EXAMPLE • Lithium + Bromine Li Br • Draw an arrow to show the transfer of electrons and move the electron to its new location.
EXAMPLE • Lithium + Bromine Li+1 Br-1 LiBr • Determine the charge for each ion and write the formula.
Try it Out! • Calcium + 2 Fluorine F Ca F • Draw the electron dot structure for each element.
Try it Out! • Calcium + 2 Fluorine F F Ca • Draw an arrow to show the transfer of electrons and move the electron to its new location.
Try it Out! • Calcium + 2 Fluorine Ca+2 F-1 CaF2 • Determine the charge for each ion and write the formula.
Metallic Bonds • Best characterized by the phrase, “a sea of electrons” • The valence electrons are mobile and can drift freely from one part of the metal to another
Metallic Bonds • The fact that electrons flow freely helps to explain some of the characteristics of metals: • Good conductors • Malleable • Ductile
Alloys • Mixtures composed of two or more elements, at least one of which is a metal • Their properties are often superior to those of their component elements • Examples: • Sterling Silver – 92.5% silver, 7.5% copper • Bronze – 7 parts copper : 1 part tin • Steel – Iron, Carbon, and small amounts of B, Cr, Mn, Mo, Ni, W, V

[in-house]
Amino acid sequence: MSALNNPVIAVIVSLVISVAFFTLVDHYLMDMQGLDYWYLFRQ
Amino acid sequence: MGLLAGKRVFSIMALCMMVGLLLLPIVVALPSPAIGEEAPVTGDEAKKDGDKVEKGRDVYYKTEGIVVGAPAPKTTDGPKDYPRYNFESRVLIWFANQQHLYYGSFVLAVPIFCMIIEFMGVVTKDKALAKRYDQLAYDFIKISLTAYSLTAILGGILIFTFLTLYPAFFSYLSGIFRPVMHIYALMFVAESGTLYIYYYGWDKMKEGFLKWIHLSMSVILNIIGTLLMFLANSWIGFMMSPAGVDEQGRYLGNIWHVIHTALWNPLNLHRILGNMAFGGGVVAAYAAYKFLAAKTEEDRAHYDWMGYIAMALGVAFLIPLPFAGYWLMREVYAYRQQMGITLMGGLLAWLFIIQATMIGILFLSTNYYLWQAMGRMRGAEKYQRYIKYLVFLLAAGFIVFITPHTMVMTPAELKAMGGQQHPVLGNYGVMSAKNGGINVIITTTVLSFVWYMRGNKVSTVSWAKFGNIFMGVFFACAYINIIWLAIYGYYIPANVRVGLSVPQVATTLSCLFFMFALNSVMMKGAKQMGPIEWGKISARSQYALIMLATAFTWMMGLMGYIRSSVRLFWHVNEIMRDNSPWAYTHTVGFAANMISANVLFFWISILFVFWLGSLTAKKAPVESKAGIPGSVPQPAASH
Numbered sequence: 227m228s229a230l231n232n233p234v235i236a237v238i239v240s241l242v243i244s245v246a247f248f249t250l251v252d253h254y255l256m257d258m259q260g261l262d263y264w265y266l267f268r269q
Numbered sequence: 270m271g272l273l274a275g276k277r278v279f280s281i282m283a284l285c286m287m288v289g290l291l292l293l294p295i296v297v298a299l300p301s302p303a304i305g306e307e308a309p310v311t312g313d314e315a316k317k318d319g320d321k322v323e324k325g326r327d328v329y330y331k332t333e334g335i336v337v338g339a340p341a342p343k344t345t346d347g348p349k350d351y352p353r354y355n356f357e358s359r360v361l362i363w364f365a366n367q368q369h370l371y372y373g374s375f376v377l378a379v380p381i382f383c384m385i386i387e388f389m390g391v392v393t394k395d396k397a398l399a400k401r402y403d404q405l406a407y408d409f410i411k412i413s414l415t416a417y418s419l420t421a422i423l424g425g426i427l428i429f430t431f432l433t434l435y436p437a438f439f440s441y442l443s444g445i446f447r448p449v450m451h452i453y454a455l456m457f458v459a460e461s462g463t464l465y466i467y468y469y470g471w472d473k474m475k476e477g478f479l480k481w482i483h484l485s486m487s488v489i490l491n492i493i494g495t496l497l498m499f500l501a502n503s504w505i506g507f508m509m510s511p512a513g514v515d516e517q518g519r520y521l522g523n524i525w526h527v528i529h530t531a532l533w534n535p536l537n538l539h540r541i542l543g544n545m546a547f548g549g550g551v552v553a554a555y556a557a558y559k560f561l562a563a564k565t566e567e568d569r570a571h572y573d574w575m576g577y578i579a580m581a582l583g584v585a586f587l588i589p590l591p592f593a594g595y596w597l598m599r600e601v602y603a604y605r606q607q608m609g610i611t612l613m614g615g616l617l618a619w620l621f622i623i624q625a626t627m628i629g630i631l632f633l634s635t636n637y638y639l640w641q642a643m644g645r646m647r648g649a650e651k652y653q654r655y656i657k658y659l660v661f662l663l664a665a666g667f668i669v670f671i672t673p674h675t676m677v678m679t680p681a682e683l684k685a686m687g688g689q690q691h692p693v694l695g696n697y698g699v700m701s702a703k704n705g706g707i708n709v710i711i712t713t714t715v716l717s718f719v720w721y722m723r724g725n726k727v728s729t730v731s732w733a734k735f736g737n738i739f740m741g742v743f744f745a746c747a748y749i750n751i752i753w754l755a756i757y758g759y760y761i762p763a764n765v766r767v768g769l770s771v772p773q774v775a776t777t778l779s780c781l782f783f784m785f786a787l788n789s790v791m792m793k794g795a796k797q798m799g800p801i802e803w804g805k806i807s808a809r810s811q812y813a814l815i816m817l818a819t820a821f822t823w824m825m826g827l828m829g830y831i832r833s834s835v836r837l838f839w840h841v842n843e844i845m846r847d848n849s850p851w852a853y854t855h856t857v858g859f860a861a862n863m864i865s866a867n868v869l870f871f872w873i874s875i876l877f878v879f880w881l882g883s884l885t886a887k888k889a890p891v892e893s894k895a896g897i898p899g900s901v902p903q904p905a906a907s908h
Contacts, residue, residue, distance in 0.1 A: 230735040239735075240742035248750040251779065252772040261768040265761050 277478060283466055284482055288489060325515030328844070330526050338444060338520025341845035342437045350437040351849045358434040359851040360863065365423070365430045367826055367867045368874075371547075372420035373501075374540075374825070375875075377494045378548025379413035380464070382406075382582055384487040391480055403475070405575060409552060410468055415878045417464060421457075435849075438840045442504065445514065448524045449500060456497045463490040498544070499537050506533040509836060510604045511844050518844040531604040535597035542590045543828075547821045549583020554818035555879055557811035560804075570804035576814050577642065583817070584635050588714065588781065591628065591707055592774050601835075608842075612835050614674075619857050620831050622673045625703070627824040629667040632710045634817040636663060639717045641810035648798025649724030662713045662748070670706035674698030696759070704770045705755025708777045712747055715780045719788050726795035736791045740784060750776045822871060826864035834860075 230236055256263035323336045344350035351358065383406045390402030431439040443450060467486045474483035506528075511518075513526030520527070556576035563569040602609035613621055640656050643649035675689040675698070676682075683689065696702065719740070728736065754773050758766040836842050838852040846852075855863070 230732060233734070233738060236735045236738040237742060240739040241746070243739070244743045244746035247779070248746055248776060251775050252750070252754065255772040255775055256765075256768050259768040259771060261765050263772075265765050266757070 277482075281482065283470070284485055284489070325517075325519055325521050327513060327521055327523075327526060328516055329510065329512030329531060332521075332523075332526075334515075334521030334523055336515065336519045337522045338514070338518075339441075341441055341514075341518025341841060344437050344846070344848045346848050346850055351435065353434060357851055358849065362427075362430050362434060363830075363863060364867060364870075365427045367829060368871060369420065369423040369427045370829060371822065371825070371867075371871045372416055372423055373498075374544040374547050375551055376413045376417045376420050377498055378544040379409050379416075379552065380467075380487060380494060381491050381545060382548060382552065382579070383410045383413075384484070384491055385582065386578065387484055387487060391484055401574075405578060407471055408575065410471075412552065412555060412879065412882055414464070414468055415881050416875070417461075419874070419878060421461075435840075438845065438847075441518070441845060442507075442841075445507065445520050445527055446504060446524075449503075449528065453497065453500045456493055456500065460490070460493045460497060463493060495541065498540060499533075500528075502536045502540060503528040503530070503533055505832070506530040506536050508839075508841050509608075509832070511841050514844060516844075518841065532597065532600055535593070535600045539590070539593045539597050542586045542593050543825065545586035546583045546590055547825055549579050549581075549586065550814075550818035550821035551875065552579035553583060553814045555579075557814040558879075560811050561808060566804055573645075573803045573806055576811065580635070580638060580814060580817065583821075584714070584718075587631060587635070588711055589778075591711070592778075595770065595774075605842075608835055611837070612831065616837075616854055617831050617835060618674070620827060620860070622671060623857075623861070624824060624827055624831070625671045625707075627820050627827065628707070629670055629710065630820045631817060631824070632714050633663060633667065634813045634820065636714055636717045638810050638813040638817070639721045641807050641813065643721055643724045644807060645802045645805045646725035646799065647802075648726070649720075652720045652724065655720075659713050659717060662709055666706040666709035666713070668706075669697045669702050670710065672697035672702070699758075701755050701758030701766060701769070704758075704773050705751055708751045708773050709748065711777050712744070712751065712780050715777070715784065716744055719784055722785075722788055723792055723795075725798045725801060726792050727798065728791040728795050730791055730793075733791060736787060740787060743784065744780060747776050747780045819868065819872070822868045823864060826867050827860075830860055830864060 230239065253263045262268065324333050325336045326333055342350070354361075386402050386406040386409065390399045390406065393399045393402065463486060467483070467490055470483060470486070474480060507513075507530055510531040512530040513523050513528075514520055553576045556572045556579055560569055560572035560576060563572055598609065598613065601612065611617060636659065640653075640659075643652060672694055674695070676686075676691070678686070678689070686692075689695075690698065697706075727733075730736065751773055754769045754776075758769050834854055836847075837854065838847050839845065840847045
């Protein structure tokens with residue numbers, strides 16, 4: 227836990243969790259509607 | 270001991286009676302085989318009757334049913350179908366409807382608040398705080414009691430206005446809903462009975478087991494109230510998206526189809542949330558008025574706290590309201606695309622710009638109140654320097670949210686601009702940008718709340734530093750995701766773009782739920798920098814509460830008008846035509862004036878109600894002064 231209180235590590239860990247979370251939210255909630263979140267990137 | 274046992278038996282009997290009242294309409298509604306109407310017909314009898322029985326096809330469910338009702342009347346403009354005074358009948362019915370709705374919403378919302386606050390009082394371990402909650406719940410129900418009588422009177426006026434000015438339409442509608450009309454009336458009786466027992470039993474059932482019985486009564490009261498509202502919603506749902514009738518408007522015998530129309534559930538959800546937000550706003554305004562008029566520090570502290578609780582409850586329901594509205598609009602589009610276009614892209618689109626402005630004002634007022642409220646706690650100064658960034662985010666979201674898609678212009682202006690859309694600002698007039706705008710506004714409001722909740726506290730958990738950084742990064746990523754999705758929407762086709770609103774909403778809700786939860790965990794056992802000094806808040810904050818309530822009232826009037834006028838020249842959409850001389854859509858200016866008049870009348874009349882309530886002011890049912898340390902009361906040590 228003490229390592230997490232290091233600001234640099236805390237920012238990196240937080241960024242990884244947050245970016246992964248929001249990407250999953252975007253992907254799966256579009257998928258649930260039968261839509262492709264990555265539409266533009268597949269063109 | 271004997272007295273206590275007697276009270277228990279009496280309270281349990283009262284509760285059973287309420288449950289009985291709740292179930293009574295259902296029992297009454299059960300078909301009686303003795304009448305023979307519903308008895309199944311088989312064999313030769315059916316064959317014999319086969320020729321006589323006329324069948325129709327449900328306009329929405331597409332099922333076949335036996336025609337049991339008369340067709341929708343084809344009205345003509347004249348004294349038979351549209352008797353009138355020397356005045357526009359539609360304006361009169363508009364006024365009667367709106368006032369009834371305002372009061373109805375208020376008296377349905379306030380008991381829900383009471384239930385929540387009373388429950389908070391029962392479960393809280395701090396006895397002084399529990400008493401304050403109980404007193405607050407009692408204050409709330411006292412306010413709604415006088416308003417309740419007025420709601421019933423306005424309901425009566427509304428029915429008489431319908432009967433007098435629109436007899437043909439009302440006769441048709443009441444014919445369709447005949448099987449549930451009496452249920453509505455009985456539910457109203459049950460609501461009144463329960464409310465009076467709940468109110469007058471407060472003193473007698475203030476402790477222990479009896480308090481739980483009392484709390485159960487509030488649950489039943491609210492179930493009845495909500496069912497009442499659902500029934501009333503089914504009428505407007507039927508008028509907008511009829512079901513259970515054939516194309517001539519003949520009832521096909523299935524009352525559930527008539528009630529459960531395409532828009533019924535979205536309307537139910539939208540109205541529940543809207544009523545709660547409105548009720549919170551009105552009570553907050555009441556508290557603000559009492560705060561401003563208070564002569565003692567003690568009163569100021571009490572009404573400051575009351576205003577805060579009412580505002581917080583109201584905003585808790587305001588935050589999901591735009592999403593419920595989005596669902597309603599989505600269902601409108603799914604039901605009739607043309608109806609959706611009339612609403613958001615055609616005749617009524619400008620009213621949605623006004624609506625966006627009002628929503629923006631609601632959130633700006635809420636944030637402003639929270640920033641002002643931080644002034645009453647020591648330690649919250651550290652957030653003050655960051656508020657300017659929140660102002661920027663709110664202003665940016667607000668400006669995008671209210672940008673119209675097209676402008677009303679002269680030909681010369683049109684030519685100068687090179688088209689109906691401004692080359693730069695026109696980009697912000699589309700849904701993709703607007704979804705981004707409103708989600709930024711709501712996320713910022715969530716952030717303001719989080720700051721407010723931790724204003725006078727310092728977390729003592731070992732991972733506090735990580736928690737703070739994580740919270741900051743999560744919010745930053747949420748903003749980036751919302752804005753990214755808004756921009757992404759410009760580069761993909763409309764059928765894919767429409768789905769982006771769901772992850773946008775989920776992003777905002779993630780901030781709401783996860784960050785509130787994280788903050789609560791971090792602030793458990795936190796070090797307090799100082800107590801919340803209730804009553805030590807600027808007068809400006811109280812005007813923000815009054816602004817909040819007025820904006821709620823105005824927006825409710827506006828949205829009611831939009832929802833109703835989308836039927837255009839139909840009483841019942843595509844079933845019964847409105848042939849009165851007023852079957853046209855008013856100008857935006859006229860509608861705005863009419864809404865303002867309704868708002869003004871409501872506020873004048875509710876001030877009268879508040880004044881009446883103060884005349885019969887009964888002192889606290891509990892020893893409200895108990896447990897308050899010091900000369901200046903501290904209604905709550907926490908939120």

STOP! • Complete Worksheet #1 • Use the “helpful hints” handout in your packet to complete #4
Wrap Up • Clicker Review
Today… • Turn in: • Worksheet #1– get out to check • Draw the structures for the bonding that occurs between Barium and 2 Iodines on the bottom of your worksheet. Include ions and formula. • Our Plan: • Notes – Covalent Compounds & Lewis Structures • Begin Worksheet #2 (you can work on it again on Monday) • Wrap Up – Pass the Paper Review • Homework (Write in Planner): • Work on Worksheet
Molecular Compounds • Covalent- sharing of electrons (tug of war) • non polar covalent • polar covalent
Covalent Bond cost.georgiasouthern.edu/. ../molecule/polar.htm
Formulas • Molecular Formula – Shows how many atoms of each element a molecule contains • Diatomic Molecule – molecule consisting of two of the same atom (O2) • The formula does not tell you about a molecule’s structure